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CLI Points to Flattening Commercial Real Estate Activity in 2019

The BCREA Commercial Leading Indicator (CLI) declined by 1.8 points to an index level of 134.5 from the third to the fourth quarter of 2018. Compared to this time one year ago, the index is about 1 per cent lower.

Slowing provincial economic activity continued in the fourth quarter, led by weak retail sales and a fourth quarter drop in manufacturing shipments in the forestry sector. Adding to those declines were falling manufacturing employment and a jump in short-term credit spreads. As a result, each component of the CLI posted a decline in the fourth quarter. Recent volatility in the CLI has left the underlying trend in the CLI flat over the past two quarters, signalling a slower growth environment for commercial real estate activity.

Following several years of robust growth, the BC economy slowed in 2018. The economic activity component of the CLI reflected that slowdown, posting declines in three out of four quarters in 2018. A major deceleration of retail sales growth, from over 9 per cent in 2017 to just 2 per cent in 2018, and stalled growth in the wholesale trade and manufacturing sectors were the main drivers of the lower economic activity component in the fourth quarter.

Employment in key commercial real estate sectors was mixed in the fourth quarter. Average employment in the office sector was up by 2,200 jobs from the third to the fourth quarter with gains concentrated in the professional, scientific and technical services industries. The CLI measure of office employment now sits at an all time high, which signals strong future demand for office space. Manufacturing employment, however, declined by 4,500 jobs and is now at its lowest level since the first quarter of 2017.

The CLI’s financial component was also lower as short-term borrowing costs jumped and the benchmark for Canadian REIT prices fell along with the wider equity markets at the end of 2018.

Q4 Highlights:

Economic Activity: Retail sales increased 0.7 per cent after adjusting for inflation in the fourth quarter but were just 2 per cent higher in nominal terms for all of 2018. Wholesale trade fell for a second consecutive quarter, declining 2.1 per cent in real terms in the fourth quarter. Sales in the manufacturing sector also fell for a second straight quarter, down 2.6 per cent.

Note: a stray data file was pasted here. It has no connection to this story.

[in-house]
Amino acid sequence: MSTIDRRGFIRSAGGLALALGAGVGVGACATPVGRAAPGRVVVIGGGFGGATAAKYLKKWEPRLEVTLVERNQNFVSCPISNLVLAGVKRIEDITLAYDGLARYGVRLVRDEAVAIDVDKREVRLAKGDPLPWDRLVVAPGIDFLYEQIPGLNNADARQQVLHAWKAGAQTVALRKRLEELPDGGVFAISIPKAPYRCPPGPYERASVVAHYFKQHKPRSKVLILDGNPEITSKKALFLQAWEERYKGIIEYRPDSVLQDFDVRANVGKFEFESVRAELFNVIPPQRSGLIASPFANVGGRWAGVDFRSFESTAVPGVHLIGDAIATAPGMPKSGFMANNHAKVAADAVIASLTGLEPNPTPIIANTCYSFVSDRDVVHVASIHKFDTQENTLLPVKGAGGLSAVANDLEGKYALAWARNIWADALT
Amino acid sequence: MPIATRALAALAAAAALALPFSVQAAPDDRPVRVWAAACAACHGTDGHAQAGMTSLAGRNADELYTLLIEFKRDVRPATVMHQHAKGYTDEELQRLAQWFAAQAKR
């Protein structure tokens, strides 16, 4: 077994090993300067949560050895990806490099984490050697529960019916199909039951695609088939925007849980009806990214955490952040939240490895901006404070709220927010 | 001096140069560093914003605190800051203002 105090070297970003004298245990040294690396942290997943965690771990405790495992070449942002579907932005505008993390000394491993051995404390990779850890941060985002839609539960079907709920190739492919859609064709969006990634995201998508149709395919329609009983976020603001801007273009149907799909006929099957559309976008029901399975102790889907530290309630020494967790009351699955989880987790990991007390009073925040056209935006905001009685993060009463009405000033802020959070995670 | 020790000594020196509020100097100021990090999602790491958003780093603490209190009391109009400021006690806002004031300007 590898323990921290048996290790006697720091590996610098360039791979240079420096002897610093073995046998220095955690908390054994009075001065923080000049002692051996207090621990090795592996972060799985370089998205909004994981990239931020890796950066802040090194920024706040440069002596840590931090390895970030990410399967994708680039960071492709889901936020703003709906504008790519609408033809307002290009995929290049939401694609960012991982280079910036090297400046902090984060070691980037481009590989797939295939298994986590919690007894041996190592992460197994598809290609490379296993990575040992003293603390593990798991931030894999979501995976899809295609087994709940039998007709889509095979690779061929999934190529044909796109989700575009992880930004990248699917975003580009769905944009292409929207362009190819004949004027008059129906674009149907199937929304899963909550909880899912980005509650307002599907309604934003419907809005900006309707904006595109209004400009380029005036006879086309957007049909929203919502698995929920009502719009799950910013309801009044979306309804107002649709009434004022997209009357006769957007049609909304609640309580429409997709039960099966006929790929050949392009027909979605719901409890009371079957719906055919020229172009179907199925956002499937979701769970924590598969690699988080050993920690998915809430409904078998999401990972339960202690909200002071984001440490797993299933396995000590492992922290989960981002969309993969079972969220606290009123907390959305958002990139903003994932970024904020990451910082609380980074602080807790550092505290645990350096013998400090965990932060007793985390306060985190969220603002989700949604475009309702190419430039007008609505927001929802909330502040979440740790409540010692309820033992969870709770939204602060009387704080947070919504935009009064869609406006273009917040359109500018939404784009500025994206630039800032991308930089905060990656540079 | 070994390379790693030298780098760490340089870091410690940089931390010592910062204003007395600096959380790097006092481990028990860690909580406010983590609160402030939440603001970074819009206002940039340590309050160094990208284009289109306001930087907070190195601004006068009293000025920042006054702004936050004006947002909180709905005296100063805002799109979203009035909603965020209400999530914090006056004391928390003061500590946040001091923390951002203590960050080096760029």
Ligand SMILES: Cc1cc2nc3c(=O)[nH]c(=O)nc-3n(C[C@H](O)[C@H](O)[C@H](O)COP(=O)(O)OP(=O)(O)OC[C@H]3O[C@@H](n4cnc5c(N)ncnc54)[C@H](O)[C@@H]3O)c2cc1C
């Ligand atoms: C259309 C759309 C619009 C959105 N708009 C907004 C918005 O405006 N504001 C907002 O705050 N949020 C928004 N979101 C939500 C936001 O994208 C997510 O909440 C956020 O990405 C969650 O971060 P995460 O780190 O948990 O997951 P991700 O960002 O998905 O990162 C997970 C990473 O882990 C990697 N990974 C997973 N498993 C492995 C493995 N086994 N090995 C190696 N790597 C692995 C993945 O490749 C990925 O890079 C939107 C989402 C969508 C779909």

Employment: The benchmark index for Canadian REITs declined 2.5 per cent to end the year, dragged lower by the correction in global equities that occurred at the end of 2018. Heightened credit risk towards the end of the year also caused short-term credit spreads to widen to their highest level since 2009.

Financial: The CLI employment component was dragged into negative territory as falling manufacturing employment offset rising job growth in the office sector, particularly for professional, technical and scientific services.

About the CLI

The BCREA Commercial Leading Indicator was designed to forecast changes in broad commercial real estate activity. Research shows that the variables that compose the CLI reliably forecast BC commercial real estate activity at a lag of two to four quarters. The index is revised each quarter due to revisions to the underlying data.

Variation in the Commercial Leading Indicator can be broken out into three distinct components:

  • The economic activity component of the CLI follows the overall trend in BC’s economy and reflects changes in economic variables shown to lead commercial real estate activity.
  • The employment component reflects changes in the commercial real estate environment, due to changes in the overall business cycle.
  • The financial component acts as an early-warning indicator from financial markets that could signal turning points in the commercial real estate market.

(Source: BCREA. Reprinted with permission.)